In the new study, Spencer's researchers asked the younger children a series of questions and had them answer by pointing to one of five cartoon pictures that varied in skin color from light to dark. The older children were asked the same questions using the same cartoon pictures, and were then asked a series of questions about a color bar chart that showed light to dark skin tones.

The tests showed that white children, as a whole, responded with a high rate of what researchers call "white bias," identifying the color of their own skin with positive attributes and darker skin with negative attributes. Spencer said even black children, as a whole, have some bias toward whiteness, but far less than white children.

"All kids on the one hand are exposed to the stereotypes" she said. "What's really significant here is that white children are learning or maintaining those stereotypes much more strongly than the African American children. Therefore, the white youngsters are even more stereotypic in their responses concerning attitudes, beliefs, attitudes, and preferences than the African American children."

Spencer says this may be happening because "parents of color, in particular, have the extra burden of helping to function as an interpretative wedge for their children. Parents have to reframe what children experience... and the fact that white children and families don't have to engage in that level of parenting, I think, does suggest a level of entitlement. You can spend more time on spelling, math, and reading, because you don't have that extra task of basically reframing messages that children get from society."

So, I'm going to ask the question where do we go from here? This isn't something you can throw money at to solve. This is something deeply ingrained in our culture as a whole and therefore, harder to deal with. And, while it is complex, it is surprisingly simple to deal with too. When my grandfather heard me say something he found to be offensive, he quickly corrected me and gave me a rather strong and frightening reason why I shouldn't continue my present behavior. Some people today might have argued that he could have chosen a better parable but I say, he did the right thing. He broke it down where I could understand it and he got his point across.

Parents of both children, black and white can make the difference. Tolerance, being taught by a parent and a relative goes a lot longer than the same message being taught by a teacher, Anderson Cooper, or me for that matter.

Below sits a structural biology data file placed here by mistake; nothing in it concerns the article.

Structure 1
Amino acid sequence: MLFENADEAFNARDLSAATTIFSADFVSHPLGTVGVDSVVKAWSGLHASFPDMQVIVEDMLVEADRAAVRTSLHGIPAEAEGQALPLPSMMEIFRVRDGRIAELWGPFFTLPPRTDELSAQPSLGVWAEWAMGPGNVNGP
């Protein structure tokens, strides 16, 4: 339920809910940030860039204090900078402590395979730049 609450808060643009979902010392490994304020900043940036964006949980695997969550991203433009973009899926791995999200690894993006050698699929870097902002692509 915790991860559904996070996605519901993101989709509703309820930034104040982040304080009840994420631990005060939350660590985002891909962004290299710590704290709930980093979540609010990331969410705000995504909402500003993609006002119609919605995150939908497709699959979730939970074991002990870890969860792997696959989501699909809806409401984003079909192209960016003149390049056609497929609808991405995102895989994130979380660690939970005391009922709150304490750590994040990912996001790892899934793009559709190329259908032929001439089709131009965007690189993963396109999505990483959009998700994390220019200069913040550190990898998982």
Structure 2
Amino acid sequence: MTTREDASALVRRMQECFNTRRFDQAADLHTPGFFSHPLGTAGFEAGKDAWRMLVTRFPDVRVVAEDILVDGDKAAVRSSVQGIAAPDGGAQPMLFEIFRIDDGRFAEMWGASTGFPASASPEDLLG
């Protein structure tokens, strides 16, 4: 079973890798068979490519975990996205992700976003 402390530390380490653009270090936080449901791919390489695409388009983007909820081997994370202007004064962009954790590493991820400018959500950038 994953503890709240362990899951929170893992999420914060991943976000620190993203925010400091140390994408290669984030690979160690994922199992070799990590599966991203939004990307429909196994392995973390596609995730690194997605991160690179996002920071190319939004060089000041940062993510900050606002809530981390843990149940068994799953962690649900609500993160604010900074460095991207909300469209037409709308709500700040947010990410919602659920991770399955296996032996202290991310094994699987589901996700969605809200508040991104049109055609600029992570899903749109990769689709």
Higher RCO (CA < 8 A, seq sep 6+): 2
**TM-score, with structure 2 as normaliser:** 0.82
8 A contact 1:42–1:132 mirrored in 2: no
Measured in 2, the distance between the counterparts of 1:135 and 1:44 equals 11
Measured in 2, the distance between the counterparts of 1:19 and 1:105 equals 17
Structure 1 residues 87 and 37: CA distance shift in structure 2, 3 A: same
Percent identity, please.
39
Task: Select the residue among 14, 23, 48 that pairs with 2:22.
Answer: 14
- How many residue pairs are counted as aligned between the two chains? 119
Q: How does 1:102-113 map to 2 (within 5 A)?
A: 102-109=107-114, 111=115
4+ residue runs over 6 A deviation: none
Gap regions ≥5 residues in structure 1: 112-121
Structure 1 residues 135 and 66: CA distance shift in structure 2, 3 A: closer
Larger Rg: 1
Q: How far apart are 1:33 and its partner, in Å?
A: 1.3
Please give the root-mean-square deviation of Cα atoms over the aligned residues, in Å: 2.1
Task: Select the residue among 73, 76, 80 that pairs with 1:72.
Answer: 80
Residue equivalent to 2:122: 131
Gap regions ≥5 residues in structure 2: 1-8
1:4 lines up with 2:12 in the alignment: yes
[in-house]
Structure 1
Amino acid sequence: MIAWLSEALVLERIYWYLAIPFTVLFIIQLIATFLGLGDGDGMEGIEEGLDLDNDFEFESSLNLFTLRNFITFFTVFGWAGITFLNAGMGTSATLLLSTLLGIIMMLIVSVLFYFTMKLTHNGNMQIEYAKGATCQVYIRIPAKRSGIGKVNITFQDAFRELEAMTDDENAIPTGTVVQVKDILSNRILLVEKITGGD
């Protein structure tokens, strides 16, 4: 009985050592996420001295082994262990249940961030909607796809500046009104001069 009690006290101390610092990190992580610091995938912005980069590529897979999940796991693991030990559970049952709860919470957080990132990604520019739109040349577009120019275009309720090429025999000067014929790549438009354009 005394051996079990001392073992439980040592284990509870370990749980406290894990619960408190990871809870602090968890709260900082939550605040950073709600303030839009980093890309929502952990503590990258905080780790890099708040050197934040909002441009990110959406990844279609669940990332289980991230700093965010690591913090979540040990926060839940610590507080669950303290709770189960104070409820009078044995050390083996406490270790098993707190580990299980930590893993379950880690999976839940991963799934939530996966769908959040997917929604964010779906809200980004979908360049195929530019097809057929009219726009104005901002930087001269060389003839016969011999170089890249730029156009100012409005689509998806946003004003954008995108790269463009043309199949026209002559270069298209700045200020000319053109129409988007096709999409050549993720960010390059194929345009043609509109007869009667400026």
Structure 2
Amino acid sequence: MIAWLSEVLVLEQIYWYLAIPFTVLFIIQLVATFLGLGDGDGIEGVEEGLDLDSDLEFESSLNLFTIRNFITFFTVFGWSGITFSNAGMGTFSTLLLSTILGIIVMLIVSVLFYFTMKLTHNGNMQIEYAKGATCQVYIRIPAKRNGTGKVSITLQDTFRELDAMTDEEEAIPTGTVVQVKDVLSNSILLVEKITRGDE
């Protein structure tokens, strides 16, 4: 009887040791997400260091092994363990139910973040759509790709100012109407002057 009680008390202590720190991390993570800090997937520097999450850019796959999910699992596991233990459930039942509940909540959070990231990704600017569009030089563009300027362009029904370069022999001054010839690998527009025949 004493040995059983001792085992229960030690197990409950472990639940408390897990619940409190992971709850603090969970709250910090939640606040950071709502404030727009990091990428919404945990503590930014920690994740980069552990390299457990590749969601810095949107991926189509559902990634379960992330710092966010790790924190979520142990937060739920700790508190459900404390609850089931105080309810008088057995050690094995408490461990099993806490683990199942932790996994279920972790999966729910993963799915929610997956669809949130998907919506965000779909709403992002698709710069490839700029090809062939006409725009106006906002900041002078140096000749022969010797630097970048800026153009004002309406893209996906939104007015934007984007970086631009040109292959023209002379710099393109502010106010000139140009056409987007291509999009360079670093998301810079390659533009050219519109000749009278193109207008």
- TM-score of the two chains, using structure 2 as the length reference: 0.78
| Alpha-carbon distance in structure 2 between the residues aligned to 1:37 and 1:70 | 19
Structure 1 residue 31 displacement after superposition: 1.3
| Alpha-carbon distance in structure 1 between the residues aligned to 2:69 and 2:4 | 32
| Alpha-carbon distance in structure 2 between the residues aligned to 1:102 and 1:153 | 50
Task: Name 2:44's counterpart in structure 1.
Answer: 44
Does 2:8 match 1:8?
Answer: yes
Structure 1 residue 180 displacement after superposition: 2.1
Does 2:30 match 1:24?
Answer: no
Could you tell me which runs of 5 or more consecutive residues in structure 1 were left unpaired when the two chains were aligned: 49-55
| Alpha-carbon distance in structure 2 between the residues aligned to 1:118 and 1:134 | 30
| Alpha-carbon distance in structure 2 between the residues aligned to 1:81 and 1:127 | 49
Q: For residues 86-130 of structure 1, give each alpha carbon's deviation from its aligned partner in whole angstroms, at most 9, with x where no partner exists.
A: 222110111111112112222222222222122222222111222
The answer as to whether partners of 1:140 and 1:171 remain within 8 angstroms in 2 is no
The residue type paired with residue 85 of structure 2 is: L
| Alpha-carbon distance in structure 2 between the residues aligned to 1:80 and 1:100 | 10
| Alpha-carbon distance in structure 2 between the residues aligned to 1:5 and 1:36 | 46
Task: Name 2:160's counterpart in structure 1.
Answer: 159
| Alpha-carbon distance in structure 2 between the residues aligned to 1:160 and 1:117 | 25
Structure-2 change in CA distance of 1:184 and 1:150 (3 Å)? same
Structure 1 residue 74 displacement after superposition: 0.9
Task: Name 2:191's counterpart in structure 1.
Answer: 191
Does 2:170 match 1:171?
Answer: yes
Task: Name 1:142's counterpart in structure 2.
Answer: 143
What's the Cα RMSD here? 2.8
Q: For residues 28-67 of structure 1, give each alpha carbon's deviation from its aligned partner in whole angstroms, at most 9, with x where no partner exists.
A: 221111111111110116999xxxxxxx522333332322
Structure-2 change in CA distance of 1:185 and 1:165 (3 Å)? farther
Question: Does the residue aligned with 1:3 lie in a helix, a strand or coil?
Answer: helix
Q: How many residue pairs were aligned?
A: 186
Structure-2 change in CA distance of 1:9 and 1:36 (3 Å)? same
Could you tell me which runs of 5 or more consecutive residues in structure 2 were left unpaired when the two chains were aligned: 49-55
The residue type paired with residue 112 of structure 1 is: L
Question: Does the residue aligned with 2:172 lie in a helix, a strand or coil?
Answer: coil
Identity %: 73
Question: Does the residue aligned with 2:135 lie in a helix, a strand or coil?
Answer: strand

Arlene said...

Keith, I've been watching AC360's reporting for the past couple of nights too. I wasn't surprised about this information because not too long ago students in my Sunday School class expressed some ideas much on these same lines. The chatter that day was who liked who in the group. One girl made it known that she didn't care for one of the guys solely because he was dark-skinned. She said straight out, "I don't like dark skinned boys!" Mind you, this came out of the mouth of an academically talented girl. (A Girls' High girl!) She was accepted at Morgan St. Univ, the dark boy at Temple (on a full tuition scholarship) and the light skinned boy was on his way to Morehouse. The girl had 2 brown skinned parents. The dark boy, one dark and one brown skinned parent. The light skinned boy's mother was very dark and his father very light. These kids came from 6 college educated parents, 4 had master's degrees and all had higher than middle class incomes. Where did these color issues come from???
We, parents and adult society as a whole, must be sending wrong messages to our kids if our children are still stuck in this color thing.

Don said...

Yes, I saw the video from the Anderson Cooper deal. I don't know why I remain surprised by the actions of small children when it's obvious they only imitate their atmosphere. Something witnessed or read or heard.

I was very impressed with some of the answers given by certain children where they expressed that people should be judged by how they act and not skin color.